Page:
Airport Offerings Take Flight
Nonstop flights to and from Dallas, Atlanta and Southern California bolster region’s air service
Don’t be surprised to hear a few more Southern accents—from both Southern California and the Southern United States—on the ski slopes this season.
Dallas, Atlanta and several locations in Southern California are among the latest additions to the slate of offerings to and from Reno–Tahoe International Airport, which continues to regain air service following a slump in seat capacity that reached a nadir in 2014.
As of July, the airport had added ten new flights in the past 13 months, says Brian Kulpin, vice president of marketing and public affairs for the airport.
“You see some of this coming back,” Kulpin says. “We, as a region, have been very aggressive.”
The seats available on flights leaving the airport dropped to approximately 4.16 million in 2014 but have increased 11.8 percent, to about 4.65 million, since. In 2015, passenger numbers grew for the first time since 2005, with Reno–Tahoe International serving 3,432,330 passengers, a 3.8 percent increase compared to 2014, according to information from the airport. The addition of new flights is driven by the work of airport staff and the Reno–Tahoe Air Service Corporation, a nonprofit organized to maintain and expand air service to the region.
Flights to and from Orange County, Los Angeles, Long Beach, Oakland and Boise, Idaho, are among the recent additions to the airport, as well as flights to New York City and Guadalajara, Mexico.
Regaining and expanding air service to Reno–Tahoe is “absolutely central” to those who live, work and own businesses in the region, says Andy Wirth, president and CEO of Squaw Valley Ski Holdings and chairman and president of the air service corporation. The new flights have the potential to positively impact all business segments, Wirth adds, not just the ski and gaming industries
“It’s in play, and it’s working very, very effectively,” Wirth says of the coalition’s goal to bring more air service to the region. “It’s just fantastic.”
Southwest Airlines will fly nonstop to Dallas Love Field once a week starting January 7, 2017, then twice a week starting March 12. American Airlines also offers three daily nonstop flights to Dallas/Fort Worth International Airport.
“Reno is very important for a variety of reasons, including the ski season,” says Dan Landson, spokesman for Southwest Airlines, calling the new nonstop flight out of Dallas a “really big deal.”
Delta Air Lines will fly nonstop between Reno–Tahoe and Hartsfield–Jackson Atlanta International Airport three times per week from December 19, 2016, to January 3, 2017. Between January 7 and March 26, 2017, the service will move to Saturdays only. Delta flew the route previously from 2004 to 2009 and saw an average of 83 percent of the seats filled, according to information from the airport.
“This flight not only creates great nonstop access out of Atlanta, one of the hot markets in skiing, but also one-stop easy connections on the Southeast’s favorite carrier,” Wirth says.
With the addition of several Southern California flights, Reno–Tahoe can compete—in terms of air access—with destinations like Utah and Colorado, Wirth says, calling the area the “traveling demographic gold mine of North America.”
“Now we have an excellent suite of travel options for the Southern California customers,” Wirth says.
Air service promoters have also welcomed Southwest Airlines’ nonstop service to the Bay Area back into the fold with the June return of flights to Oakland. Southwest Airlines flew the Oakland–Reno route until June of 2013, and getting the service back has been a high priority for tourism and business officials.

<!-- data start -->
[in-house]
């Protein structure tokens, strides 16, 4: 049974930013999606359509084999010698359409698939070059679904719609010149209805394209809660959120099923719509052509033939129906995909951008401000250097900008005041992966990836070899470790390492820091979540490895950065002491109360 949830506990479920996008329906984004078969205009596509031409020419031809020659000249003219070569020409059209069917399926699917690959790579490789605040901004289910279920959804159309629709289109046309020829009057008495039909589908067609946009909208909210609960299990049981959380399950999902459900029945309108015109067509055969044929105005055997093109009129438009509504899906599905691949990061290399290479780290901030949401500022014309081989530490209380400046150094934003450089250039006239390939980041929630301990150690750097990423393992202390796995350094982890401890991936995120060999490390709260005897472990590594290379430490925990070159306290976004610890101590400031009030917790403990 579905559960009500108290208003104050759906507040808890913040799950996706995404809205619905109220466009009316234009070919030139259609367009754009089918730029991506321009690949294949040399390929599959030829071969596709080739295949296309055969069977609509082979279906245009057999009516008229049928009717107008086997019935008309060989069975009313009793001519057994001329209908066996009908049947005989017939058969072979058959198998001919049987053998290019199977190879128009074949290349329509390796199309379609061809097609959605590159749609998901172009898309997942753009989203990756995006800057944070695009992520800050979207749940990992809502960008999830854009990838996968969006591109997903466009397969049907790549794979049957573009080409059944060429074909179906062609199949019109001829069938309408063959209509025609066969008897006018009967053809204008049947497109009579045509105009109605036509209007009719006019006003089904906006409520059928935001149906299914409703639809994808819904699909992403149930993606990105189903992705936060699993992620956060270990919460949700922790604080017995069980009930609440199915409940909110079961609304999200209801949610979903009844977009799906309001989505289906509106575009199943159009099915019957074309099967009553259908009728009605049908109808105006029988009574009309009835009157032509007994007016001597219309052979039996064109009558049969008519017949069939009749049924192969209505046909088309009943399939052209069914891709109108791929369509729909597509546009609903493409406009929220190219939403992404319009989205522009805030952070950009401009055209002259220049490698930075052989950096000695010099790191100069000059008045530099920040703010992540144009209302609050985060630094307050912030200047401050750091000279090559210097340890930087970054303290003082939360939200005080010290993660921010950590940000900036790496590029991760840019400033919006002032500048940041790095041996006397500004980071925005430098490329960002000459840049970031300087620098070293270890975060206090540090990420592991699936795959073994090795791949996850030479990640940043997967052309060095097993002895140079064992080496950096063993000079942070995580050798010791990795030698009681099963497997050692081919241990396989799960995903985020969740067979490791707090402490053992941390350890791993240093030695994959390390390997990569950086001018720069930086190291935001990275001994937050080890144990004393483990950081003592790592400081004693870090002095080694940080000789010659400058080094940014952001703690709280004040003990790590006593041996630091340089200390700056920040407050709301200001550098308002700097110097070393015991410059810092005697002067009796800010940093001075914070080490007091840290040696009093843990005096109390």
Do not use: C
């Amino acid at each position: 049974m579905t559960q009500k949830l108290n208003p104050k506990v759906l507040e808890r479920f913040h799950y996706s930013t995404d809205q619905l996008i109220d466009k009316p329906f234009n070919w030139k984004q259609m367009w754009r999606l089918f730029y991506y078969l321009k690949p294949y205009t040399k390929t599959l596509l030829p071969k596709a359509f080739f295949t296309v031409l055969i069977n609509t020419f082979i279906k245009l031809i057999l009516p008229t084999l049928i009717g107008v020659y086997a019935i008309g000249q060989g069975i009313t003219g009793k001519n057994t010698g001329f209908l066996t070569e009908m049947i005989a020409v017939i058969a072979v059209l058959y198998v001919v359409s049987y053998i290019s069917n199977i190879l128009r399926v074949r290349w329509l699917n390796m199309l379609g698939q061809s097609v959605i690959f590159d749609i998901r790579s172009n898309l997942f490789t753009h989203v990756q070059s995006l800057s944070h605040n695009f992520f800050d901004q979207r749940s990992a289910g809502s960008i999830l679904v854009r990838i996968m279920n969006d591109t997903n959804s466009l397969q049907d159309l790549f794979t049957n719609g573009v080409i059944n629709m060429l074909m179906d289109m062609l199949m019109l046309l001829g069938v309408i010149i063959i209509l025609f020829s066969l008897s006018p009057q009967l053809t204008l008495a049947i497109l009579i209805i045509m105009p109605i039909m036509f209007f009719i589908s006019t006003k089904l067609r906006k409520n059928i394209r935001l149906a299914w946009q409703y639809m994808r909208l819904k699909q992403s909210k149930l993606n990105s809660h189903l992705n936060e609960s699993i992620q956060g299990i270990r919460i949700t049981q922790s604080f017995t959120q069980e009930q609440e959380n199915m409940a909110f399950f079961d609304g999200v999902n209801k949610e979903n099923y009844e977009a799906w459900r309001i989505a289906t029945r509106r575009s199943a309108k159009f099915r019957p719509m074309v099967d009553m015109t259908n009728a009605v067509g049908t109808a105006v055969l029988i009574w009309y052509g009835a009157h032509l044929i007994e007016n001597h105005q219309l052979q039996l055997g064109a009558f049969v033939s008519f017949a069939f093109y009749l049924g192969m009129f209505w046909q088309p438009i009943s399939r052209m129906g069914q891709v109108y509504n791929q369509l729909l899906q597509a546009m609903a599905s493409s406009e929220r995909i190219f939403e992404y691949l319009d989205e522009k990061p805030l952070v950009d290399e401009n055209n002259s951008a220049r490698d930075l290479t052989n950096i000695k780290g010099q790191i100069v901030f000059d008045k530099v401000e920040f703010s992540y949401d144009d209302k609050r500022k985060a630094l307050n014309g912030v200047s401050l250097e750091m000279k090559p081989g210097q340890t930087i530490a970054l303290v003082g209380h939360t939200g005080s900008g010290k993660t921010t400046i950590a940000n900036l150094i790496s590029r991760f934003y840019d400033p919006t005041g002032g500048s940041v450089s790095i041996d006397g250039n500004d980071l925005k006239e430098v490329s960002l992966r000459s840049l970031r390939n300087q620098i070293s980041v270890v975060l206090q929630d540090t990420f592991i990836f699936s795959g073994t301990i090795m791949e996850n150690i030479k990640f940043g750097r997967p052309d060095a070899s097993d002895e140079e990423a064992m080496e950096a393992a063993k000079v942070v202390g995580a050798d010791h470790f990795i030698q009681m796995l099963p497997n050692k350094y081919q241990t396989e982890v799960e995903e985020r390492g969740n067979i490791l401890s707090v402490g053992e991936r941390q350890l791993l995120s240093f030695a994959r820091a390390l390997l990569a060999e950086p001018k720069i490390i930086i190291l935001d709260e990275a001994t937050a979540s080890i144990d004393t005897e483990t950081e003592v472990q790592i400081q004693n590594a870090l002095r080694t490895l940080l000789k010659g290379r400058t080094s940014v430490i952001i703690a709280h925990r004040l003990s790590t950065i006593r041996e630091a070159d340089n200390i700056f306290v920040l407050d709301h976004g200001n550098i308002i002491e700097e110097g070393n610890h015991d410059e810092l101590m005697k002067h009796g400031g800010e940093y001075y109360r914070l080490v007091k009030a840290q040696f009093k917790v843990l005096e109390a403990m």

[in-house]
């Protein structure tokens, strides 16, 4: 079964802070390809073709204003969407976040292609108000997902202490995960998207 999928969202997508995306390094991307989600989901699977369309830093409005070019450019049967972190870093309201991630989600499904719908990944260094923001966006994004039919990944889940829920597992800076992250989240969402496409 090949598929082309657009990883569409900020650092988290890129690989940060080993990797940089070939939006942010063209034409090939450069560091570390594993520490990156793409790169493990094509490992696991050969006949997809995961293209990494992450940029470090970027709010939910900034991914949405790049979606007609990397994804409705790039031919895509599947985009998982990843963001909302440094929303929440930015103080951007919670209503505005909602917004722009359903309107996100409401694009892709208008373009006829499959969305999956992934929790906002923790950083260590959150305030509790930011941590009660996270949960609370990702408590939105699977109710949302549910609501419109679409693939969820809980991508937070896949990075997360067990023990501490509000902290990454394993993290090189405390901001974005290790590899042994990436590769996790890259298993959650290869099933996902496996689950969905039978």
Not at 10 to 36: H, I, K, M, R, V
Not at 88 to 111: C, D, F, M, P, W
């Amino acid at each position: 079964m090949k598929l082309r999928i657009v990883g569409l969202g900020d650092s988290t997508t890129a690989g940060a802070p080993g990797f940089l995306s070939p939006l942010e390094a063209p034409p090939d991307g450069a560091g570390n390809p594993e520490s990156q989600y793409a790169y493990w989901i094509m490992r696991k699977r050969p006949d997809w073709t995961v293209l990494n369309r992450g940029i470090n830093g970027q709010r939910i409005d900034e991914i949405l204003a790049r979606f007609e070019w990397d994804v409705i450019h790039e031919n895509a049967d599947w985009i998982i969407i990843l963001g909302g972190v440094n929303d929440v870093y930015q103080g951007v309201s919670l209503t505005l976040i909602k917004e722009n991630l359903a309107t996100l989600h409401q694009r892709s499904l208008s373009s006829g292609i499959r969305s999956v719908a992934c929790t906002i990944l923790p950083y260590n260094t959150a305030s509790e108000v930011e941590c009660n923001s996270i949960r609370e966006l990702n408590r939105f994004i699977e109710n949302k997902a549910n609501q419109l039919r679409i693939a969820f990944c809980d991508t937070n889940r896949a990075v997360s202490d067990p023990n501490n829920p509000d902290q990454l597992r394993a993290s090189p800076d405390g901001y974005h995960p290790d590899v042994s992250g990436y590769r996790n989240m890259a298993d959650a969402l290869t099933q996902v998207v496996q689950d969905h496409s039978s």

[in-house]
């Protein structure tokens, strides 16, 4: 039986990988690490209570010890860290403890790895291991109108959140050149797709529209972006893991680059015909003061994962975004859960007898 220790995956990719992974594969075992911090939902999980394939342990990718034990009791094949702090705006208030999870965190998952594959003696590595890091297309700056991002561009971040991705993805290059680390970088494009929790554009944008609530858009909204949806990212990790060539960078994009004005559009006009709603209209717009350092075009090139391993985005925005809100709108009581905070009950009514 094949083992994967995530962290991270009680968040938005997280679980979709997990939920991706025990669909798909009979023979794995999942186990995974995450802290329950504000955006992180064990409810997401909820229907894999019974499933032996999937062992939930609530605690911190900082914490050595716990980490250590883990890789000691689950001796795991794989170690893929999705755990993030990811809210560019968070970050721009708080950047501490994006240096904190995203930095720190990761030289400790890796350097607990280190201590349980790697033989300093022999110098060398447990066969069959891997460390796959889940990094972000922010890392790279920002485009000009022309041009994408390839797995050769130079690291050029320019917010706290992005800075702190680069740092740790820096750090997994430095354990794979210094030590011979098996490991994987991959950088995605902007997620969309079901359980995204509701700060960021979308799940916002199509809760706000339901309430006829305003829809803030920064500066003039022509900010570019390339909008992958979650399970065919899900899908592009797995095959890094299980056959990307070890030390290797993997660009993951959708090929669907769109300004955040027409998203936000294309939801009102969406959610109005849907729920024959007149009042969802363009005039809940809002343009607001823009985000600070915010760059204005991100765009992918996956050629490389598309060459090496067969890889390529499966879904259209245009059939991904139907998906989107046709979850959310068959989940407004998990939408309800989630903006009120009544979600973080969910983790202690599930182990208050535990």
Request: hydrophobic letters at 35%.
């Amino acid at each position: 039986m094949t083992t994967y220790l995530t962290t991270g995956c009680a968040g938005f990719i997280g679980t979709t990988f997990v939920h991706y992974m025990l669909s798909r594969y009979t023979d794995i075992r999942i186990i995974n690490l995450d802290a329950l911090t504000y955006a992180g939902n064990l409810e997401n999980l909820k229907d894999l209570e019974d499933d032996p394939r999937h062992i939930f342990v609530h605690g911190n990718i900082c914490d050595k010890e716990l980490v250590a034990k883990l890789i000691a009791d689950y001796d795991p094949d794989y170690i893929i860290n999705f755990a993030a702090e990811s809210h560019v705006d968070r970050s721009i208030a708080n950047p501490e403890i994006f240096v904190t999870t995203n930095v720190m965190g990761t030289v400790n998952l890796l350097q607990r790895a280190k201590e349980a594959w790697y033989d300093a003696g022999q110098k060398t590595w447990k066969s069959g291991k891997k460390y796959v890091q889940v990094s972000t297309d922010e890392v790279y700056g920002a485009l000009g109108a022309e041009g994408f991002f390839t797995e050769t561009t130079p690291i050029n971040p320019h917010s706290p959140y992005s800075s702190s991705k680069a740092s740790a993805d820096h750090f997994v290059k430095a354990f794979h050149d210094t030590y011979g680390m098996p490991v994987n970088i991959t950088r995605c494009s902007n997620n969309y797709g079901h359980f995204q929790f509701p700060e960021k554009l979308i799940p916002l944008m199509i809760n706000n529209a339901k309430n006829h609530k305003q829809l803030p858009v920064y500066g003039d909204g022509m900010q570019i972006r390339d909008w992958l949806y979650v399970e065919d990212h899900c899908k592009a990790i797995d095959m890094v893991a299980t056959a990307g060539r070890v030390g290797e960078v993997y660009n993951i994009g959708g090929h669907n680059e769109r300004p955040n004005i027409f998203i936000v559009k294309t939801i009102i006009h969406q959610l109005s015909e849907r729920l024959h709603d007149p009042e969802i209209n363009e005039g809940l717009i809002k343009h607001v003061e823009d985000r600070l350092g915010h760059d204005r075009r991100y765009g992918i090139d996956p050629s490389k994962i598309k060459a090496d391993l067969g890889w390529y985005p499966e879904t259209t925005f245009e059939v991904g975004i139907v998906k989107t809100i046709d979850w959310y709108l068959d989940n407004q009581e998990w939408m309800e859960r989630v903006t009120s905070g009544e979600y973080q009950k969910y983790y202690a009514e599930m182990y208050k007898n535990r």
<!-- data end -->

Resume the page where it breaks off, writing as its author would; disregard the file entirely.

“We previously offered the service before gas prices went skyrocketing, and we saw an opportunity there,” Landson says.
The flight is important for Reno’s big employers who want convenient access to the Bay Area, according to Wirth.
“These flights benefit Tesla and Panasonic as much as they benefit the casinos,” he says.
Reno–Tahoe International is an access point to Central California, and Nevada provides a more business-friendly environment than the Golden State, says Michael Boyd, airline consultant and president of Boyd Group International. Add national brands operating in the area and a high quality of life, and the attraction for airlines becomes clear.
“You are a very strong leisure destination with a much broader base than your friends down in Las Vegas,” Boyd says. “There is very little downside on the horizon right now.”
About 400 airline executives, aircraft manufacturers and aviation leaders from around the world received an up-close look at the region during the 21st Boyd Group International Aviation Forecast Summit at Squaw Valley from September 18–20. Promoters of the area hope giving a firsthand look to airline executives will dispel misconceptions about the Reno–Tahoe region and move it to the front of mind for airline decision-makers. The summit included predictions of emerging airline trends, forecasts for U.S. airports and fleet projections from aircraft manufacturers.
“Airlines aren’t really growing and they’re going to put equipment where they can make the most money,” Boyd says. “They’re making money in Reno, and that’s all that matters.”
Flights to such locales as Vancouver, Canada, and additional flights to East Coast destinations like Philadelphia, Pennsylvania, and North Carolina are among areas airport officials are looking to for additional service, Kulpin says.
Wirth says there are more flights for Reno–Tahoe on the horizon but declined to discuss details, citing airline confidentiality.
“We truly have momentum. We have a solid coalition,” Wirth says. “We’re on everybody’s radar screen.”
Michael Kilburg is a South Lake Tahoe–based writer and editor.
Published: October 5, 2016